"My son suffers from mental health issues," he said. "He's considered a disabled student."
Eight-year-old Bradley was diagnosed with anxiety disorder, ADHD, and depression since he was six.
"He sees a therapist twice a month and a psychiatrist once a month at UAMS," Butler said. "He went through an intensive review at their psychiatric unit when he first started developing issues."
Butler said one of the biggest challenges in dealing with his son's disorders, though, came at Russellville's Sequoyah Elementary School.
"They were made aware of Bradley's triggers. They were made aware of all of his conditions," Butler said.
Last April, Bradley wasn't given his prescribed medication as scheduled, and he became irritated. That prompted the aide to try and restrain him.
"He put his hands on Bradley, which anyone who knows a child has sensory issues knows not to do, so Bradley had a breakdown," Butler said. "The aide's idea of restraining him was to grab him, push him down on his back on the concrete and lift his feet straight up in the air. Bradley only sees things in black and white, once he was being held down like that -- he thought he was going to die."
Butler said the struggle, which lasted roughly 10 minutes according to witnesses, resulted in scratches, cuts and bruises all over Bradley's body. Butler documented them in pictures, but when he spoke with the school principal, he said he hit a wall.
"I wanted to know if she planned on reporting this to the Child Abuse Hotline as required because she's a mandated reporter," Butler said. "She advised me she was not going to report it and did not feel it was child abuse. It was a slap in the face to just be dismissed by administrators."
Butler filed a police report, and officers contacted the Department of Human Services. An investigation was conducted, and after four months the case worker found the claims to be unsubstantiated.
"I don't believe it was investigated properly," Butler said. "The investigator told me herself that they were understaffed, she was working on this by herself, and that she was already backlogged. An investigation that they are required to complete in 30 days took her 4 months to finish."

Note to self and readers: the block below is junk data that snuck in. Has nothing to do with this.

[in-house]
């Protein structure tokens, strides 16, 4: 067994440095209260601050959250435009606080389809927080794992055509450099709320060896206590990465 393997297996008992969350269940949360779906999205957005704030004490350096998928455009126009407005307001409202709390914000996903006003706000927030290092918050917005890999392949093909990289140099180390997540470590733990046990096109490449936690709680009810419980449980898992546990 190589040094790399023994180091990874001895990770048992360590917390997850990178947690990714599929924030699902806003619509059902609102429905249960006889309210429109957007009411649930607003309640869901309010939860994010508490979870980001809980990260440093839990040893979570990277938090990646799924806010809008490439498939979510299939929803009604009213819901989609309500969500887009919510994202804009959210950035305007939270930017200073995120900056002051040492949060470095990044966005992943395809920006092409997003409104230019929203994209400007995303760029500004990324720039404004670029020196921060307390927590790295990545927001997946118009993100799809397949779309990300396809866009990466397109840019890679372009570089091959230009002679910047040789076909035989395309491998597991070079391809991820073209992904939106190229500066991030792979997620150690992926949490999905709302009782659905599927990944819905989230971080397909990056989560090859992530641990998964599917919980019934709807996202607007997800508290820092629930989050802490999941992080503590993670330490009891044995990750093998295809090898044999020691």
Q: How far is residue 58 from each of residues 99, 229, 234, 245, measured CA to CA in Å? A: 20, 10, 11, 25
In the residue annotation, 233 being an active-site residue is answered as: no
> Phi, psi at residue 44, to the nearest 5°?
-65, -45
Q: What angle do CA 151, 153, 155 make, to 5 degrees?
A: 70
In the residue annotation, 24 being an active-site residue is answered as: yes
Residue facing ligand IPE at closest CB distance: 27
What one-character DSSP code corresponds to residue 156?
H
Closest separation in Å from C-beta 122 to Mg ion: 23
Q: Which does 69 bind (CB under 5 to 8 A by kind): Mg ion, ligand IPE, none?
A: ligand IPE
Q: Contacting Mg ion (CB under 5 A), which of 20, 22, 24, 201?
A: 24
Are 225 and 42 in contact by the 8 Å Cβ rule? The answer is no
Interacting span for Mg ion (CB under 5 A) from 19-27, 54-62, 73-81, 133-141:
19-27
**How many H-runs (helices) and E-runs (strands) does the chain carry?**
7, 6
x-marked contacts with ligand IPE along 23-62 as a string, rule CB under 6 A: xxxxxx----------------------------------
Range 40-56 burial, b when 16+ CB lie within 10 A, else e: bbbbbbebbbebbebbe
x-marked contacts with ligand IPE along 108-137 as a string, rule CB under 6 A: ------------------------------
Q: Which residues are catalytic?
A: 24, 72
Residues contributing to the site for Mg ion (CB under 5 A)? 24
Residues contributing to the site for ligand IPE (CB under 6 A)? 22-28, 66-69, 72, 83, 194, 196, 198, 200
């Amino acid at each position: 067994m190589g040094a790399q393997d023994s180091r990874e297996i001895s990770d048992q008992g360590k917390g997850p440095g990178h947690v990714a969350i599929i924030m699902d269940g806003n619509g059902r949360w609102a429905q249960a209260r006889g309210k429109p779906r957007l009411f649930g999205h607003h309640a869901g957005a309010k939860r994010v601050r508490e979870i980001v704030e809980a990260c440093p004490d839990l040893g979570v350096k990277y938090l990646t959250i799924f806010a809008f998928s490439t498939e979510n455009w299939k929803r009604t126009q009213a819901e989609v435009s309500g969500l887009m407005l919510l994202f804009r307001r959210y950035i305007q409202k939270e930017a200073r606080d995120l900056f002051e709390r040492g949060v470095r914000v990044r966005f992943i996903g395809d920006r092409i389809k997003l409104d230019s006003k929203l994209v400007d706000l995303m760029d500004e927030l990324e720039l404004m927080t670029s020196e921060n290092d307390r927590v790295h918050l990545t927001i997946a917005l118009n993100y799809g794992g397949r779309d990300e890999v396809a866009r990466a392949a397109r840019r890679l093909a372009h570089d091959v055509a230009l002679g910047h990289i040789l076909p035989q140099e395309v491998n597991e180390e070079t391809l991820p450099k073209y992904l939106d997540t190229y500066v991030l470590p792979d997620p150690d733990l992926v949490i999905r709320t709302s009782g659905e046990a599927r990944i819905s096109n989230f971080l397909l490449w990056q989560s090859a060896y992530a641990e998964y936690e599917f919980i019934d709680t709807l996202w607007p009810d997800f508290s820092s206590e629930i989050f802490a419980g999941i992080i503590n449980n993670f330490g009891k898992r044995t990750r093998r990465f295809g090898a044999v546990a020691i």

The Russellville School District declined to comment to KARK about the incident.
Superintendent Randall Williams, however, issued a written statement that reads, " The incident in question was reported in April of 2012. It was fully investigated by the Arkansas Department of Human Services and the claims made by the parent were found to be not supported by the evidence and thus ruled unsubstantiated by DHS. This finding was consistent with the district's own investigation."
Butler has since filed a complaint with the Department of Education, requesting an investigation be conducted into whether the principal and superintendent failed to follow the law on reporting the incident as mandated reporters.
The Department of Education would neither confirm or deny that an investigation was ongoing, but Butler said he has been notified that as of Wednesday an investigation is getting underway.
"I want this to never happen to any other child again," Butler said.
Butler said his actions aren't about rehashing the past, but turning the page for the future.
"I want them [the Russellville School District] to start treating children that have mental disorders as children with mental disorders or problem children," he said. "They don't see this as a disability. They see it as a behavior issue that needs to be fixed. That is simply unfair to every child that suffers from mental illness."